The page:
Zoe: How did you get involved with Anxiety 2014?
Bárbara: When I applied to the job I didn’t know much about the project, it was ambitious and the title was so intriguing and multifaceted that it felt like an exciting challenge. Just before the interview I spent a weekend in Madrid visiting a compelling exhibition titled Spectres of Artaud at the remarkable Reina Sofia Museum, which looked at the influence of Antonin Artaud on artists exploring questions of language. There were two sections that particularly struck me: the Theatre of Cruelty, a methodology that aimed to allow performers and audiences to feel unexpressed emotions of the subconscious; and his critique of the psychiatric institution, and in that sense any institution that controls our behaviour. These areas inspired my preparation for the interview, and they remain within the visual arts programme, often clearly visible but other times more as a ‘spectre’ around the event.
Zoe: Please tell us about some of the artworks in the festival which stand out for you.
Bárbara: Latifa Laâbissi’s Ecran Somnambule (Sleepwalking screen) at Freud museum is going to be a very special event. Latifa has taken the existing 40 seconds film excerpts of Mary Wigman’s seminal piece Witch Dance (1926) and slowed down her movements to create a 31 minute expression dance. I think that her contorted and ritualistic performance will acquire an uncanny dimension alongside Freud personal objects. The programme of performance acting-out: the institution denied at the Anatomy Theatre, Kings College London presents three new performative commissions by Eva Kotátková, Lawrence Abu Hamdan and the vacuum cleaner. The artists have responded to the history of theatre, where anatomy lessons used to take place, including body dissections, and developed projects that both stage and interrogate the truth of medical and scientific methodologies and how they impact on our psychological states.
Zoe: Could you explain your curatorial methodology for the festival?
Bárbara: We wanted to bring together people from different backgrounds; academics, curators, users of community centres, artists and psychiatrists - it felt the right way to approach such a complex concept; taking in different perspectives and experiences. Sharing reading material, films and images has created bridges across individual projects and identified specific themes within the wider concept of anxiety. On other occasions, it’s been more important to understand the history, context and internal dynamics of partner institutions. The residencies we have developed with Bethlem Gallery and Gasworks are good examples of this approach. I am very proud and moved by this new collaboration and the possibilities it opens in terms of arts practices within psychiatric settings.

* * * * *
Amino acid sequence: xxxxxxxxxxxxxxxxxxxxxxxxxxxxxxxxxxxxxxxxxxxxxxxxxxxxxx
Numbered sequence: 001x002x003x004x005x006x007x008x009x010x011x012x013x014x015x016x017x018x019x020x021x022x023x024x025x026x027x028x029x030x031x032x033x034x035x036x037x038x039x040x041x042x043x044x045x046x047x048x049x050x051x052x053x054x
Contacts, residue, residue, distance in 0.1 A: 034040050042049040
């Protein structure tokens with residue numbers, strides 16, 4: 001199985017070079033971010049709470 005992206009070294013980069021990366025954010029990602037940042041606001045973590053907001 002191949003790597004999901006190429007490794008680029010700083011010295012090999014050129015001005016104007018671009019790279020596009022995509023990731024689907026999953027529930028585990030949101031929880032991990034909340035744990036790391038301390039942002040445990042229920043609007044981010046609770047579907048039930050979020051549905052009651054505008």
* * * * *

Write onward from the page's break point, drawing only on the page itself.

Zoe: The word curate comes from the Latin curare meaning to take care of. The care and respect this implies is reminiscent of therapy. What do you think about the therapeutic role of art, for the artist and the audience. And what about the role the curator plays in this?
Bárbara: I don’t think that to take care of something or someone automatically implies to heal and the festival is not offering a therapeutic service. It’s more the intention of caring for the people involved, embracing the ethical and practical considerations of working in certain contexts and hoping that the process will have a positive impact - whether this reflects on the participants involved or tackling stigma and discrimination.
Zoe: In my experience as an artist, art lover and anxiety sufferer, art works which focus on anxiety, insanity, invisibility and the boundaries between states can be unsettling. Do you find this sort of 'unconstrained self-expression' can be challenging for audiences to engage with?
Bárbara: In a metaphorical sense, anxiety can be seen as a riddle that is nervously demanding to be resolved, and once it’s resolved becomes more solid and easier to manage. The intention behind the visual art programme is to reveal what might be triggering our anxieties, and how to create a space for self-expression. Art is often challenging, I don’t think this is a problem, but I hope that beyond the aesthetic experience it will also create a critical distance to understanding this intention, as opposed to being overwhelmed by it.
Zoe: What else is coming up for you Bárbara?
Bárbara: I am curating an exhibition at the Kunsthal Aarhus called Nervous systems: languages of wonder and denial, which puts works by Kathy Acker and Cornelius Cardew alongside contemporary artists. We are also working on touring some of the festival’s projects to other areas of England. So anxiety and nervousness, after which, I might need a break!
What's left for me to say? Errol and Bárbara have described what sounds like a really exciting project with a serious imperative at its core. I am genuinely excited about witnessing the outcome of their hard work at Anxiety 2014 throughout the month of June, and the attempt they are making to unravel the riddle of anxiety in the modern age. It's a subject that touches many of us, through friends and family or personal experience, so to get a better hold on anxiety could reap many benefits for society and for our private lives. As Bárbara so aptly put 'anxiety can be seen as a riddle that is nervously demanding to be resolved, and once it’s resolved becomes more solid and easier to manage.'
Original article from Run Riot